President-elect Donald Trump has been enjoying a rare treat in the past few days: he's been getting a whole lot of kudos from a lot of his supporters and right-wing mainstream media. And, just in case any of you have forgotten, Trump and the media have not exactly been on the friendliest terms. Still, when Trump tweeted his mild irritation over a secretive vote to stymie the ethics office by House Republicans on Monday, he was credited with ending the vote. Congratulations to him, I guess; except no. Sure, Trump might have taken 10 seconds out of his day to send a tweet, but public protest stopped the ethics office vote at the end of the day.
House Republicans managed to get themselves into some pretty hot water even before the 115th Congress started its first session on Tuesday. A group led by Virginia Rep. Robert W. Goodlatte voted in a secret session on Monday to curb the power of the independent Office of Congressional Ethics; it seems the lawmakers were hoping to limit the power the ethics office, which was created in 2008 to hold members of Congress accountable for acts of impropriety and to investigate them or any other members, according to the Associated Press. The House Republicans also looked towards dismantling the Office of Congressional Ethics to bring the staff under the greater power of the House Ethics Committee. Meaning, the House wanted to oversee the office that was supposed to investigate its own alleged ethics violations. When President-elect Trump got word of the secret vote, he did what he does best; tweeted from his (gold) Ivory (Trump) Tower.
The lawmakers did a pretty quick about-face on Tuesday, reversing their decision and removing the language that would have meant the end of the independent ethics board. All because of a single tweet by a soon-to-be-president, according to some media reports. But is that what really happened here? Was one man really that powerful? Or could it be the massive public outcry that reversed the decision?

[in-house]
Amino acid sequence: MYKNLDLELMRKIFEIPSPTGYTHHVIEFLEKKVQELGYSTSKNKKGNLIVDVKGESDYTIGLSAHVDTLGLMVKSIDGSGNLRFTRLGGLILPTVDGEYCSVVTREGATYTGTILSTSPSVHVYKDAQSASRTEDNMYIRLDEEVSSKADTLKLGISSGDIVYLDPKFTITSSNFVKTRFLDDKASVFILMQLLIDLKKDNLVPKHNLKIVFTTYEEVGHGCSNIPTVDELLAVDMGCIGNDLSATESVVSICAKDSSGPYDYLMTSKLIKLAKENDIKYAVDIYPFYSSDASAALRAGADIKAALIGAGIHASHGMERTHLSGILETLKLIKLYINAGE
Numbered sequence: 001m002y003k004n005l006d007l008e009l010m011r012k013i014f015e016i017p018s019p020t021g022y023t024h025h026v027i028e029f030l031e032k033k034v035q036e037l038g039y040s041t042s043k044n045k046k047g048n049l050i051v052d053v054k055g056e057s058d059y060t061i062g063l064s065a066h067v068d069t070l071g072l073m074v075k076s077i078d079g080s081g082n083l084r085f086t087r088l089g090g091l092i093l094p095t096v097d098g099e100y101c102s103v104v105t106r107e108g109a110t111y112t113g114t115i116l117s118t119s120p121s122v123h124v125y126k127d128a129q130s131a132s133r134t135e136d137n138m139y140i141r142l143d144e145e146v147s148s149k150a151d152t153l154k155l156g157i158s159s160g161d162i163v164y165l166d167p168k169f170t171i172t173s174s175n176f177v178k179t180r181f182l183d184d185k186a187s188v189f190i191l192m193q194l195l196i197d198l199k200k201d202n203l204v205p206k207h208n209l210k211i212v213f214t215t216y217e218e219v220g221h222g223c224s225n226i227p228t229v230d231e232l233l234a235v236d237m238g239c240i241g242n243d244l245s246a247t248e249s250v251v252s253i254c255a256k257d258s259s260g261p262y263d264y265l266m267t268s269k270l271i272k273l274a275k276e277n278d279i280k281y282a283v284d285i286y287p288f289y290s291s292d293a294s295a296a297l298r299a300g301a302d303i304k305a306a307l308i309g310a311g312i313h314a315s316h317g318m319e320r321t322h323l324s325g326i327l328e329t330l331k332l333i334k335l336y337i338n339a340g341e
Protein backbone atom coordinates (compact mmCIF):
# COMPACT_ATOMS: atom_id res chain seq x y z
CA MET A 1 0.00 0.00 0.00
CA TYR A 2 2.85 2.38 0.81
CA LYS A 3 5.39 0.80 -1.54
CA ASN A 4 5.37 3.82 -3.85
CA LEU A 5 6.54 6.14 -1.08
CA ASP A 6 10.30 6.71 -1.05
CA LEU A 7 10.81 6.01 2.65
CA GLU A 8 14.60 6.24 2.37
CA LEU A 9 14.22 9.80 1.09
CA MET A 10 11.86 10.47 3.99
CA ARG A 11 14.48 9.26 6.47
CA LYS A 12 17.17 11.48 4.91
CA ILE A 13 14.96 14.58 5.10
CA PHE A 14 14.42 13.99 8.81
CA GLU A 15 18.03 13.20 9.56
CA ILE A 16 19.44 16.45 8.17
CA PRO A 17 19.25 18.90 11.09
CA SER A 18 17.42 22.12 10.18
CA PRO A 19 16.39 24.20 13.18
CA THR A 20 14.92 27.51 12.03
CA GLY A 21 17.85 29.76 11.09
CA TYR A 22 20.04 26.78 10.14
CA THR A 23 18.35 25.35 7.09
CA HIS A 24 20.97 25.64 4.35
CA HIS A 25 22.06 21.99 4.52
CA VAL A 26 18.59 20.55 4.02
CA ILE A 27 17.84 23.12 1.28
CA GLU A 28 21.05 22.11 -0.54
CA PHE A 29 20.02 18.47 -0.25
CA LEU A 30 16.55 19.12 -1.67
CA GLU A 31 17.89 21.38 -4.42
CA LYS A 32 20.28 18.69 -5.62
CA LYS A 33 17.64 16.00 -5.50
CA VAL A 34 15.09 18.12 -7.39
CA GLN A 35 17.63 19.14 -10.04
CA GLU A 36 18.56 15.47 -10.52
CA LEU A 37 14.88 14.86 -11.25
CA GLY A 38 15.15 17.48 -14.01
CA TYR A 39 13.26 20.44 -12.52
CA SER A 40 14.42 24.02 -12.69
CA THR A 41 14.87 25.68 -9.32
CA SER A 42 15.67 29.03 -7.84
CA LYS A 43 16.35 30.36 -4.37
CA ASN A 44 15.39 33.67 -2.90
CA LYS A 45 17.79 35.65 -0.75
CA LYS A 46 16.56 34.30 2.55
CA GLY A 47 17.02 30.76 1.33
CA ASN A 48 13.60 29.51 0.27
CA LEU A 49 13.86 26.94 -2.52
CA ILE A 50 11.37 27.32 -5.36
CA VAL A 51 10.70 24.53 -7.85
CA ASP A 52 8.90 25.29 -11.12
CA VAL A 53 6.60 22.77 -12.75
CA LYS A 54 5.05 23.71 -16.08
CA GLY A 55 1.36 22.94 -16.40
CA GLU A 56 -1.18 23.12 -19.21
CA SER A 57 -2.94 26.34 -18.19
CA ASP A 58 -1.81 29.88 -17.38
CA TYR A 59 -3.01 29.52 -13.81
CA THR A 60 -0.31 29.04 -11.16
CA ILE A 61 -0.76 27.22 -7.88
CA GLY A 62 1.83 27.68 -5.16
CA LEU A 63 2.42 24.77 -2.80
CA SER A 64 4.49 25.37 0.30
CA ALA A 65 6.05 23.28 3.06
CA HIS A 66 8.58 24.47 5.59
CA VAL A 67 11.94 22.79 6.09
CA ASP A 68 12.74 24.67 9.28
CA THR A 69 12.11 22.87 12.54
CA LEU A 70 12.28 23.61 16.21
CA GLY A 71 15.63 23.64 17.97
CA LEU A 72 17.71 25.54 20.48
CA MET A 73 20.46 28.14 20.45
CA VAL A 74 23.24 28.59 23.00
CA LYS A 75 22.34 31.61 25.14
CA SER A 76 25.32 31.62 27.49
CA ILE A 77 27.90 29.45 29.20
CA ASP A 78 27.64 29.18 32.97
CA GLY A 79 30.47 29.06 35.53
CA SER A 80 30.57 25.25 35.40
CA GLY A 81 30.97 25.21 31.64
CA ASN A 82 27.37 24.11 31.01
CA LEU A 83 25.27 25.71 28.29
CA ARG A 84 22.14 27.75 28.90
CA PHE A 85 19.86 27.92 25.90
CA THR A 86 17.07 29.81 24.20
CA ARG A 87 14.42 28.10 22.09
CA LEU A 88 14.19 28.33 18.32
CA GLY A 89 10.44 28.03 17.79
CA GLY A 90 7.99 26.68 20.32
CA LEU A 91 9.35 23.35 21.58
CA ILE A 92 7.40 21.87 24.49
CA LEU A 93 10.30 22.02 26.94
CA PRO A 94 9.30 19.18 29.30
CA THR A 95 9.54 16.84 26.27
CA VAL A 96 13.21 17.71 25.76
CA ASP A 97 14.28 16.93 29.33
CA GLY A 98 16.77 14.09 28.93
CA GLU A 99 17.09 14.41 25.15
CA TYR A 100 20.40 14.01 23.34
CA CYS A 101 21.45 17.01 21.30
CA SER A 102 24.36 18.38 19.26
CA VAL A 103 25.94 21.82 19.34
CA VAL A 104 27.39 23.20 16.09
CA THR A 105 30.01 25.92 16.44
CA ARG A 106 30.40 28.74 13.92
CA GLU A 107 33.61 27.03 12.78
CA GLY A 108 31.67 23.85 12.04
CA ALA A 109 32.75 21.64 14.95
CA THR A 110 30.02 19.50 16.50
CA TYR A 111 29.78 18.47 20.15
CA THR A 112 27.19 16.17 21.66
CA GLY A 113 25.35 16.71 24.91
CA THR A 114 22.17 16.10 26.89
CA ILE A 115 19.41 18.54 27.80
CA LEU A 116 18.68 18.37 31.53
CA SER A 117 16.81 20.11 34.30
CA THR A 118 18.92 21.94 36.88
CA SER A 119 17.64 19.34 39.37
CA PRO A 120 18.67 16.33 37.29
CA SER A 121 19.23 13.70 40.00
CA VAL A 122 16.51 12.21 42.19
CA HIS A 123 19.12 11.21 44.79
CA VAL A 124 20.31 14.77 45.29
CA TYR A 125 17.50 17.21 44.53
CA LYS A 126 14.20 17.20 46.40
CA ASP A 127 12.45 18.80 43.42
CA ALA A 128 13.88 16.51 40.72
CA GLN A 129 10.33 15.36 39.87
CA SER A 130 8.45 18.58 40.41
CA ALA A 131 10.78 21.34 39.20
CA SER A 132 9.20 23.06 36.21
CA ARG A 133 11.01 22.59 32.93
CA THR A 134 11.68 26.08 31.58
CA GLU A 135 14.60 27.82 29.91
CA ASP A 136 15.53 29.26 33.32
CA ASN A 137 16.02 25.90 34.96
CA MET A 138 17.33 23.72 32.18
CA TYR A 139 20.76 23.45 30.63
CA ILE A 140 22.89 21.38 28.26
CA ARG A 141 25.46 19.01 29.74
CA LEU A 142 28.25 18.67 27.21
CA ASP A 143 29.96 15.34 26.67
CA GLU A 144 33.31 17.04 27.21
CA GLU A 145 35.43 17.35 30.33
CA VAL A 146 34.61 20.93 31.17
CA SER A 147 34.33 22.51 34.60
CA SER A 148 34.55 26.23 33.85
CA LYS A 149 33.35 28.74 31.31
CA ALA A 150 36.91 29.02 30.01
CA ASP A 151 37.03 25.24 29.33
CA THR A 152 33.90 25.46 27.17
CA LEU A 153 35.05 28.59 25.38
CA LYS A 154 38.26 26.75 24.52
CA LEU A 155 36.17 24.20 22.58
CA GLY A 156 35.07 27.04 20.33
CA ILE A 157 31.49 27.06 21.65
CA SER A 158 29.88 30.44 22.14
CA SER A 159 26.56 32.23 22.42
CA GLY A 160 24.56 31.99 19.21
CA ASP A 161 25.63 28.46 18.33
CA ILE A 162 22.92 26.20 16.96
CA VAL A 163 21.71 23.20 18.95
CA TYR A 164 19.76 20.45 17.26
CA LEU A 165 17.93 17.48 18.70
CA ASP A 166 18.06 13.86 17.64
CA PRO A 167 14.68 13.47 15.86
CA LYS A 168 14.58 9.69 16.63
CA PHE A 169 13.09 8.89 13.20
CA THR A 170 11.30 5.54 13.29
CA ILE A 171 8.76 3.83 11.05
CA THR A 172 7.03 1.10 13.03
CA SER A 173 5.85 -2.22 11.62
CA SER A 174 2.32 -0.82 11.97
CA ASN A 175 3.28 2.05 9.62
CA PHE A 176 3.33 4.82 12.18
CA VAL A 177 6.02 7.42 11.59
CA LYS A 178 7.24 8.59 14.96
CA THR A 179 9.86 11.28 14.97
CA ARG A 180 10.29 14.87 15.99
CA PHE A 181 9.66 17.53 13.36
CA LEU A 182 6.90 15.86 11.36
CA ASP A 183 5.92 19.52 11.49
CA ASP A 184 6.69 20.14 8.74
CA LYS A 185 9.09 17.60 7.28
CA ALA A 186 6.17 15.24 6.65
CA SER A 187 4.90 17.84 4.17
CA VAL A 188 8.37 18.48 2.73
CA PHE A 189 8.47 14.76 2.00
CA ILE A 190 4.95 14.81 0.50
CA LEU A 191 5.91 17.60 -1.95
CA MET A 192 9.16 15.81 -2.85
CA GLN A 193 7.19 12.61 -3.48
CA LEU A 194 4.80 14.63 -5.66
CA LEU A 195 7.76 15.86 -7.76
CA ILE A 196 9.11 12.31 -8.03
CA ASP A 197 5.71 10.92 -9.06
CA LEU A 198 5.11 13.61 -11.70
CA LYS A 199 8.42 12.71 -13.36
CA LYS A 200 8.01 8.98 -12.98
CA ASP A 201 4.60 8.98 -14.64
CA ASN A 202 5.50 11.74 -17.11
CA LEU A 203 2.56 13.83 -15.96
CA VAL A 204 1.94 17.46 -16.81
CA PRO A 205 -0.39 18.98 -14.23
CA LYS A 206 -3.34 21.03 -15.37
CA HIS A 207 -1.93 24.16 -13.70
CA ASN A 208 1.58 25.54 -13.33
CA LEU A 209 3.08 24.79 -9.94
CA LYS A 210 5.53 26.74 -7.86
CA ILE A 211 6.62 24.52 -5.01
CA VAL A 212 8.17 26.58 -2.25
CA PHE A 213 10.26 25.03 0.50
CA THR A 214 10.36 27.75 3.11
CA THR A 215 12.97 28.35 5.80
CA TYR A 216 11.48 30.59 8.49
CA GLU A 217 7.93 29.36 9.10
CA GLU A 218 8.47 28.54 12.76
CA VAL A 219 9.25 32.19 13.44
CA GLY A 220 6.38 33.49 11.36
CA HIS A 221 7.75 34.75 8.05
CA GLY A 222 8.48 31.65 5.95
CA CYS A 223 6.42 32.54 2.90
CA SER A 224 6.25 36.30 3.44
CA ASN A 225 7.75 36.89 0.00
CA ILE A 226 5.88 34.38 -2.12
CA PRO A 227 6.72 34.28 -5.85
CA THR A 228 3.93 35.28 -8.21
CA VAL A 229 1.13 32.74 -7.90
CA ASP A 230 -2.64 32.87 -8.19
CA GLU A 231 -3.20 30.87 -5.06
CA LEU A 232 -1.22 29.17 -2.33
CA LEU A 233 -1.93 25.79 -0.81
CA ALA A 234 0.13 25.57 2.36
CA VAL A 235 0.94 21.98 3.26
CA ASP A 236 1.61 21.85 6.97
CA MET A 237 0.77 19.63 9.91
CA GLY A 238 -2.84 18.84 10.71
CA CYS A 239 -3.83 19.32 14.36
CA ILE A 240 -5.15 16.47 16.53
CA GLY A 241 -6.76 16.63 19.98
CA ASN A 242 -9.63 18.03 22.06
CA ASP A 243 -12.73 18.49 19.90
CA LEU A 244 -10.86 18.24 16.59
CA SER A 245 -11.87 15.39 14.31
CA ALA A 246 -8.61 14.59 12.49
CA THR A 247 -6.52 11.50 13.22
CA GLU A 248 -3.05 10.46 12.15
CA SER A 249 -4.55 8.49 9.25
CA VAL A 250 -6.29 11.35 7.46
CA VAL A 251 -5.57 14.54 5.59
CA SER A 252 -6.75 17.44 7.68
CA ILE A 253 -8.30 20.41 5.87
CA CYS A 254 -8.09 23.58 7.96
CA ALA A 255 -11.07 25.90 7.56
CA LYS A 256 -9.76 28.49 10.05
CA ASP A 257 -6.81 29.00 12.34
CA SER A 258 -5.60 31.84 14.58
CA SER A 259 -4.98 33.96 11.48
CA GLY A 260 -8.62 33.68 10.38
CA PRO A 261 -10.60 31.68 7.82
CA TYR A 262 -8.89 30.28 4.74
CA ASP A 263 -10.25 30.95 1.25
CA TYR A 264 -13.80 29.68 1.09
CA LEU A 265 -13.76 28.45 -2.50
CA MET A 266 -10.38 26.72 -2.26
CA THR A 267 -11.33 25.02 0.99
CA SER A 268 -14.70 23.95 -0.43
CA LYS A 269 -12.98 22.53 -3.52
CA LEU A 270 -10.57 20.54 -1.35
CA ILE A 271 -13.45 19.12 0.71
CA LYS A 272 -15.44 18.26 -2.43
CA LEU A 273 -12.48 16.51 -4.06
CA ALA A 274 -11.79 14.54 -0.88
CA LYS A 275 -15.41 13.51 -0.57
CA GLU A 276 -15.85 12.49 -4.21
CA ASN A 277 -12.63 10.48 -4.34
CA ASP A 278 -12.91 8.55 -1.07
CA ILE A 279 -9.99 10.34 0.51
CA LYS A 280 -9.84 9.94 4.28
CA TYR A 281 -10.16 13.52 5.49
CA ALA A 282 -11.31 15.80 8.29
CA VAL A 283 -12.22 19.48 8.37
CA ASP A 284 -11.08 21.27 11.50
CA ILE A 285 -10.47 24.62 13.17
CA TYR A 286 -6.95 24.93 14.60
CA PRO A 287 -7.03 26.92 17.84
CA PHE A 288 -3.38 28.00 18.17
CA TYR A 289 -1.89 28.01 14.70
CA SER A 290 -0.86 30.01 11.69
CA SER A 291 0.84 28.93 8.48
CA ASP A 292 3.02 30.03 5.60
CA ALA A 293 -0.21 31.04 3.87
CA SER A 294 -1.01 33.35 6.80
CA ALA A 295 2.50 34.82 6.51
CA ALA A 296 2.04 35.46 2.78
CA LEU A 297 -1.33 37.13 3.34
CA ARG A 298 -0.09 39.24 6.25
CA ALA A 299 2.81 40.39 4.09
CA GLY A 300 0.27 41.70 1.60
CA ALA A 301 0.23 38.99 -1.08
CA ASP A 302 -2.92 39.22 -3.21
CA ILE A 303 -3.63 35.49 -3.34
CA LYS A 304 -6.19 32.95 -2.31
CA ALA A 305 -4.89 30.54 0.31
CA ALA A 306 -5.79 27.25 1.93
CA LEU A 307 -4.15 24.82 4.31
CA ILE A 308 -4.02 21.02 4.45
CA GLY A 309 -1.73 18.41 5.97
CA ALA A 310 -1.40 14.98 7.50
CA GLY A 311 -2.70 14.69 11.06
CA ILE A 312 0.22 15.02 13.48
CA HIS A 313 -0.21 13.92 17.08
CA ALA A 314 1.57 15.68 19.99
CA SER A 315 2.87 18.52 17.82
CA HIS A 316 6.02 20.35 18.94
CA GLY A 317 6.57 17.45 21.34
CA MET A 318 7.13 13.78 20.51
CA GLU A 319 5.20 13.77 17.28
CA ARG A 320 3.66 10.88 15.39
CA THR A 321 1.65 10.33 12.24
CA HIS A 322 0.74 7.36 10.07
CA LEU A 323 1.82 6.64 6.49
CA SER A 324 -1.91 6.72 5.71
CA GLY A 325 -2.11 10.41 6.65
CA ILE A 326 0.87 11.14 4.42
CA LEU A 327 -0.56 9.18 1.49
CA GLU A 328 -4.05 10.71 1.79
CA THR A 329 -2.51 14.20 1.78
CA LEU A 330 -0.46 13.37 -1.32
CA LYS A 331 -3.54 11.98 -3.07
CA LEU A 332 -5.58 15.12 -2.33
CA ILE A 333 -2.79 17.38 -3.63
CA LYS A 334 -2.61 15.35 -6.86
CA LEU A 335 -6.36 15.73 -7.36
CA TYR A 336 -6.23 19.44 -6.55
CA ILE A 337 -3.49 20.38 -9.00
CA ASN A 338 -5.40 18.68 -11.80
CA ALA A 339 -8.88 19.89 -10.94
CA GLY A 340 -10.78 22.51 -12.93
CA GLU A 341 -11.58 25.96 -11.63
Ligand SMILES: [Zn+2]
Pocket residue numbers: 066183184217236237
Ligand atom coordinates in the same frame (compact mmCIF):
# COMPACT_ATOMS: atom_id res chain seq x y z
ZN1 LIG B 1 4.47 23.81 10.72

Thousands of Americans took to social media to encourage others to contact their member of Congress. The phone lines were flooded with protests, Republican North Carolina Rep. Walter Jones told The Washington Post:
We have got just a tremendous number of calls to our office here and district offices concerned about this.
All of these calls began well before President-elect Trump tweeted his disapproval, and yet he has somehow been anointed the hero of the piece, the savior of the ethics committee. Which is not only absurd, but dangerous.
The American people need to know that they, as a collective, continue to hold more power than their president. They need to know that protests count — that their voices are being heard (especially when those voices number in the thousands). To disregard those voices and to intimate that the future president has more power to make change with a single, halfhearted tweet than thousands of protesters — what does that say for the future of the country?
And perhaps most importantly; what does it tell a figure like Trump, who already takes to Twitter to attack people who question him? (Trump's team has not responded to Romper's request for comment regarding his alleged attacks on the 18-year-old girl who asked him a question.)
He did not stop the ethics office vote. The people did.